IMF Economic Review

, Volume 67, Issue 1, pp 61–108 | Cite as

International Bank Flows and the Global Financial Cycle

  • Mary AmitiEmail author
  • Patrick McGuire
  • David E. Weinstein
Research Article


What is the role for supply and demand forces in determining movements in international banking flows? And what role might a common factor—the global financial cycle highlighted by Rey (Dilemma not trilemma: the global financial cycle and monetary policy independence, 2018) and others—play in movements in these flows? Answering these questions is crucial for understanding the international transmission of financial shocks and formulating policy. This paper addresses them by using the method developed in Amiti and Weinstein (J Polit Econ 126(2):525–587, 2018) to exactly decompose the growth in international bank credit into common shocks, idiosyncratic supply shocks and idiosyncratic demand shocks for the period 2000–2017. A striking feature of the global banking flows data can be characterized by what we term the “Anna Karenina Principle”: all healthy credit relationships are alike, and each unhealthy credit relationship is unhealthy in its own way. During non-crisis years, bank flows are well explained by a common global factor. But during times of crisis, flows are affected by idiosyncratic demand shocks to borrower countries and by supply shocks to their creditor banks. That is, the importance of the common component seems to vary over time. This has important implications for why standard econometric models break down during crises.

JEL Classification

F34 G01 G21 



The authors thank Jakub Demski and Scott Marchi for excellent research assistance and thank Mark Carlson, Linda Goldberg, Sebnem Kalemli-Ozcan, Catherine Koch, Bruno Tissot, Philip Wooldridge, participants at the 3rd BIS-CGFS workshop on “Research on global financial stability: the use of the BIS international and financial statistics” (7 May 2016), participants at the BIS-Bank Negara Malaysia conference on “Financial Systems and the Real Economy (18–19 October 2016, Kuala Lumpur), seminar participants at De Nederlandsche Bank (20 September 2016) and three anonymous referees for comments and discussion. The views expressed in this paper are those of the authors and not necessarily those of the BIS, the Federal Reserve Bank of New York or the Federal Reserve System.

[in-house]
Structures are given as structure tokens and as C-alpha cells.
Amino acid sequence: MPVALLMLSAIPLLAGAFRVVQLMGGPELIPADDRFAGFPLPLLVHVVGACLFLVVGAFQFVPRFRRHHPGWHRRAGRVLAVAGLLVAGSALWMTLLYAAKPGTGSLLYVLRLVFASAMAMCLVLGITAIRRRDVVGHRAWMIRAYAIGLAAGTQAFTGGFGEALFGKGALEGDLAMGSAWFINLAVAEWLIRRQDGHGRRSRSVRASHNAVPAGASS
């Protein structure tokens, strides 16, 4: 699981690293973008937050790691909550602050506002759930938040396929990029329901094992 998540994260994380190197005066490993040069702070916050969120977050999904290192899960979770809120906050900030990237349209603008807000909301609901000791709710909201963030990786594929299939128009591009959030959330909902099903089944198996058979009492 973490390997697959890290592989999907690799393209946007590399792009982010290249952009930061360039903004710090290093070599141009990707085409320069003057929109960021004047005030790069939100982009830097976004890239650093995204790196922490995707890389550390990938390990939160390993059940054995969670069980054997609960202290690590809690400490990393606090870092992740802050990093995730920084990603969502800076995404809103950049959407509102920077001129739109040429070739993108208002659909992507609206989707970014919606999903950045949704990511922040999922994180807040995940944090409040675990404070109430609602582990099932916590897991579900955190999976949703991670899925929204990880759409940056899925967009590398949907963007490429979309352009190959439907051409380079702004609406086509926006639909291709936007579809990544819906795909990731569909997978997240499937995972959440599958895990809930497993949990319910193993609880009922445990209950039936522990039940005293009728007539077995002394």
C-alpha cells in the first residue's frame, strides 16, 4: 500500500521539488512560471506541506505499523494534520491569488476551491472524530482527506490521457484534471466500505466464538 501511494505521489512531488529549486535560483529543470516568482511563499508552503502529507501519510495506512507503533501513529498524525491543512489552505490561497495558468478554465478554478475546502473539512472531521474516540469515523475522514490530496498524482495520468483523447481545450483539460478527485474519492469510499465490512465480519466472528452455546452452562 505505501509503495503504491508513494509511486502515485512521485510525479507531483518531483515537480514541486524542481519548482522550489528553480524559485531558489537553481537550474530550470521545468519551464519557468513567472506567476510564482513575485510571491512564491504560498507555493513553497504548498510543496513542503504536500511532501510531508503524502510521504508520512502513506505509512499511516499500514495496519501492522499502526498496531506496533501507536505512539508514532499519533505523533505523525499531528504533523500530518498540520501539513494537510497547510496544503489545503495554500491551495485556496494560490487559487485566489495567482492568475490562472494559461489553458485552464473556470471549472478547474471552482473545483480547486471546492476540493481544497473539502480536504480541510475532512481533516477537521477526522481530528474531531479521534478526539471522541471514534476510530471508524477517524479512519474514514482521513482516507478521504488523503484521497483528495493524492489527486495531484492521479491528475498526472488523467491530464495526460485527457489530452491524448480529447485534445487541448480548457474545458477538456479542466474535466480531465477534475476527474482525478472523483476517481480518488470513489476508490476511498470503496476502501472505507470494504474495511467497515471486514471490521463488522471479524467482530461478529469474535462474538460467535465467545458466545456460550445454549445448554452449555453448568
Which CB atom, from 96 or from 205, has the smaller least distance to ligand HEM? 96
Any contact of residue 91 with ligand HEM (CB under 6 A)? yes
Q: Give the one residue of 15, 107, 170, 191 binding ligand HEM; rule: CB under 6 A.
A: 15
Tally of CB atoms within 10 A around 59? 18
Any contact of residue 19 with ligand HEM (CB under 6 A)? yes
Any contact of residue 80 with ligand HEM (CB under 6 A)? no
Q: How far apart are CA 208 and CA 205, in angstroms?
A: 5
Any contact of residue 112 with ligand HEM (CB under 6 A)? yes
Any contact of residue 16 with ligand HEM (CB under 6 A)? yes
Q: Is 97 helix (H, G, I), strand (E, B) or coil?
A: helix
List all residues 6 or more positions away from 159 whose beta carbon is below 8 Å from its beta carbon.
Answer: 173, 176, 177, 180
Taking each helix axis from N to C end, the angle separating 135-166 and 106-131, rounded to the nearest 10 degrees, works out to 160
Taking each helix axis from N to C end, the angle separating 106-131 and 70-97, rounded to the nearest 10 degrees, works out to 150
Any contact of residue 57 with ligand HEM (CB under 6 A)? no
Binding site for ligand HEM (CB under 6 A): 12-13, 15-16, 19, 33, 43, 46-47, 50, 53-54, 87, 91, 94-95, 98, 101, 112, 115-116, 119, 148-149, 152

Supplementary material

41308_2018_72_MOESM1_ESM.xlsx (323 kb)
Supplementary material 1 (XLSX 322 kb)


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Copyright information

© International Monetary Fund 2018

Authors and Affiliations

  • Mary Amiti
    • 1
    Email author
  • Patrick McGuire
    • 2
  • David E. Weinstein
    • 3
  1. 1.Federal Reserve Bank of New YorkNew YorkUSA
  2. 2.Bank for International SettlementsBaselSwitzerland
  3. 3.Columbia UniversityNew YorkUSA

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